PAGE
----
How does Hollywood media depict military member & veterans diagnosed with PTSD?

Francesca Katafias
Dec 3, 2015 · 2 min read

There are two rich arguments to support the controversy media outlets face when discussing Post Traumatic Stress Disorder. PTSD is unfairly depicted because of the media’s inability to address issues of sensitivity. As an active researcher for this study, I’ve been able to collect data based off of the theory that media can and in fact does have the ability to increase awareness for PTSD and vocalize a voice for those who cannot speak for themselves. At some point, Post Traumatic Stress Disorder will have to be approriately addressed by the media.Through thorough observations of multiple veteran based cinemas, it is clear that Hollywood’s “norm” has remained stagnant throughout the the decades. As a society we have been exposed to outdated opinions that address the condition and how veterans with the diagnosis should internally address their condition. The “norm” that was created by the media is in need of refinements and professionally documented results. In recent years cinemas portraying war veterans as “conscience stricken” has become taboo.

The phrase “Post Traumatic Stress Disorder” is barely used in day-to-day conversations. To some it’s considered offensive and to others it’s a “self produced illness” veterans develop upon returning home from war. Consciously people reject the power of film, but subconsciously a films “social norms” are retained and acted upon. Despite popular belief, films have the power to create an unrealistic image for veterans returning home from war diagnosed with PTSD, mentioning that veterans with PTSD in the movies are seen as “weak” or “broken”. This inaccurate portrayal has been indulged in for decades and is one of the common reasons PTSD to this day is a controversial and overlooked topic. No direct methods were used in this study, just critiques and observations about various war films.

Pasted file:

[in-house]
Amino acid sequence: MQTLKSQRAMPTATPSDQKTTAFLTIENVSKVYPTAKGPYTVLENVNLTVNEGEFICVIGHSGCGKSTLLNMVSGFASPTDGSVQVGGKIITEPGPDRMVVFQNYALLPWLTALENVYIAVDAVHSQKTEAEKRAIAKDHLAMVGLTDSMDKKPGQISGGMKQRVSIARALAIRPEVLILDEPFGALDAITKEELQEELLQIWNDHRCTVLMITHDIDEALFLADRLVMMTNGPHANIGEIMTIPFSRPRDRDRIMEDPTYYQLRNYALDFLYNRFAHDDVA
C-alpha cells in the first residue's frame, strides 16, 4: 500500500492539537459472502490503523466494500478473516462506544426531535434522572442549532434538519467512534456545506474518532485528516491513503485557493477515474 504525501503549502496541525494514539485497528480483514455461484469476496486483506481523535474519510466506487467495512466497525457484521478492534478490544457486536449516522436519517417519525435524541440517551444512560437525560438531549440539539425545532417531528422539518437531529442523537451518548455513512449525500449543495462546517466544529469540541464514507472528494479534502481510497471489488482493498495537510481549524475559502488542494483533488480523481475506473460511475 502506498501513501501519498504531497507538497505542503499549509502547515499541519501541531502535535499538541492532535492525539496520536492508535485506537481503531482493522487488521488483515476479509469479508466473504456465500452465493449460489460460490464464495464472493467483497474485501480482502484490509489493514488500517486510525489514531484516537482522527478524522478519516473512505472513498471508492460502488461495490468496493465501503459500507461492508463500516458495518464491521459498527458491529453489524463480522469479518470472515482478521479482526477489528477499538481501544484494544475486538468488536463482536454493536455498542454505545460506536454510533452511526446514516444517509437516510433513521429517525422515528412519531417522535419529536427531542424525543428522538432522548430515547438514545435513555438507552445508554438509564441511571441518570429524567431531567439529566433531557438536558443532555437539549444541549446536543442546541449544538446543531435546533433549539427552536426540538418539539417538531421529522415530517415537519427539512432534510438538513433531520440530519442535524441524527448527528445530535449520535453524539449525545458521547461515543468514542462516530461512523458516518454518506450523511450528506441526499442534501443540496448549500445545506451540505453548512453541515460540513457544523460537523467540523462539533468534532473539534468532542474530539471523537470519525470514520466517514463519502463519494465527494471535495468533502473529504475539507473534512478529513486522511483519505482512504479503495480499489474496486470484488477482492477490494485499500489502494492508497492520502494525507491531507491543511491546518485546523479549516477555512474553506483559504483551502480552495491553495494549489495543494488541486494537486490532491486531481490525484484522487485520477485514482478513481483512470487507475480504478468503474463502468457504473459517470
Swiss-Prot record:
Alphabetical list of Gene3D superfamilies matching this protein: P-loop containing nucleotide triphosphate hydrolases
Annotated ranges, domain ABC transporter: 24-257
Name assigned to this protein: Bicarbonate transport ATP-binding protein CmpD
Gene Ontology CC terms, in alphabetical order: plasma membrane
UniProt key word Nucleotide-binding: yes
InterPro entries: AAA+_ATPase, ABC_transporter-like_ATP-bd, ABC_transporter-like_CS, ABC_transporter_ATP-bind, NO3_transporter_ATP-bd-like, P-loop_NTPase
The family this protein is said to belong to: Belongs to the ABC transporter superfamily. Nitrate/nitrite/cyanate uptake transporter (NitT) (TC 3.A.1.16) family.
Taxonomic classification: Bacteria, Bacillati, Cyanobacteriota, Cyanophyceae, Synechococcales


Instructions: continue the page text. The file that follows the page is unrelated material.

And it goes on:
Sources:

Aftergood, B., Andersen, B., & Aubrey, S. (Producers), & Berg, P. (Director). (2013, January 2014). Lone survivor. [Motion Picture] California: Universal Pictures.

Armstrong, T., & Olatunji, B. (2009). PTSD in the media: A critical analysis of the portrayal of controversial issues. Scientific Review of Mental Health Practice, 7(1), 55–60.

Stone, O., Reidy, J., & Townsend, C. (Producers), & Stone, O. (Director). (1989, January 1990). Born on the fourth of July. [Motion Picture] Philippines; Texas, USA; California, USA: Universal Pictures.

(2014, January 2015). American Sniper: The most lethal sniper in U.S history. [Motion Picture] California: Warner Bros.

Francesca Katafias

Written by

Dominican University of California | Senior Thesis:“How does the Hollywood media represent war veterans who suffer from Post Traumatic Stress Disorder (PTSD).”

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